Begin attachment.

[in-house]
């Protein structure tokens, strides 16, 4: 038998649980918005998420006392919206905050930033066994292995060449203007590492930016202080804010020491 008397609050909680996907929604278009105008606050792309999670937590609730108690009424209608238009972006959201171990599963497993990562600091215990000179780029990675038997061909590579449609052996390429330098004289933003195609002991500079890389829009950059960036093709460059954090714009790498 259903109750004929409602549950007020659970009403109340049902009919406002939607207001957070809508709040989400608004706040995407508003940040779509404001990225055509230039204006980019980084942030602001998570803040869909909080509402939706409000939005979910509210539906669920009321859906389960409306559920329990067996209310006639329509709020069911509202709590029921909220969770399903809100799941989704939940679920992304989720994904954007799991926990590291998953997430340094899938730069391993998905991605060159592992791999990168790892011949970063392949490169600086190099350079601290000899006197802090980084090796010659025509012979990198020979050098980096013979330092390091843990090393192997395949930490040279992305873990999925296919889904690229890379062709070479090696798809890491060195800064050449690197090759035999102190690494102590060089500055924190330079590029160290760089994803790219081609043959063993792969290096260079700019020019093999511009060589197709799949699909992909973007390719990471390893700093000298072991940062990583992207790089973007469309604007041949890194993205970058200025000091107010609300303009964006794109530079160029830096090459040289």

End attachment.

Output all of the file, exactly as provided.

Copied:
[in-house]
């Protein structure tokens, strides 16, 4: 038998649980918005998420006392919206905050930033066994292995060449203007590492930016202080804010020491 008397609050909680996907929604278009105008606050792309999670937590609730108690009424209608238009972006959201171990599963497993990562600091215990000179780029990675038997061909590579449609052996390429330098004289933003195609002991500079890389829009950059960036093709460059954090714009790498 259903109750004929409602549950007020659970009403109340049902009919406002939607207001957070809508709040989400608004706040995407508003940040779509404001990225055509230039204006980019980084942030602001998570803040869909909080509402939706409000939005979910509210539906669920009321859906389960409306559920329990067996209310006639329509709020069911509202709590029921909220969770399903809100799941989704939940679920992304989720994904954007799991926990590291998953997430340094899938730069391993998905991605060159592992791999990168790892011949970063392949490169600086190099350079601290000899006197802090980084090796010659025509012979990198020979050098980096013979330092390091843990090393192997395949930490040279992305873990999925296919889904690229890379062709070479090696798809890491060195800064050449690197090759035999102190690494102590060089500055924190330079590029160290760089994803790219081609043959063993792969290096260079700019020019093999511009060589197709799949699909992909973007390719990471390893700093000298072991940062990583992207790089973007469309604007041949890194993205970058200025000091107010609300303009964006794109530079160029830096090459040289």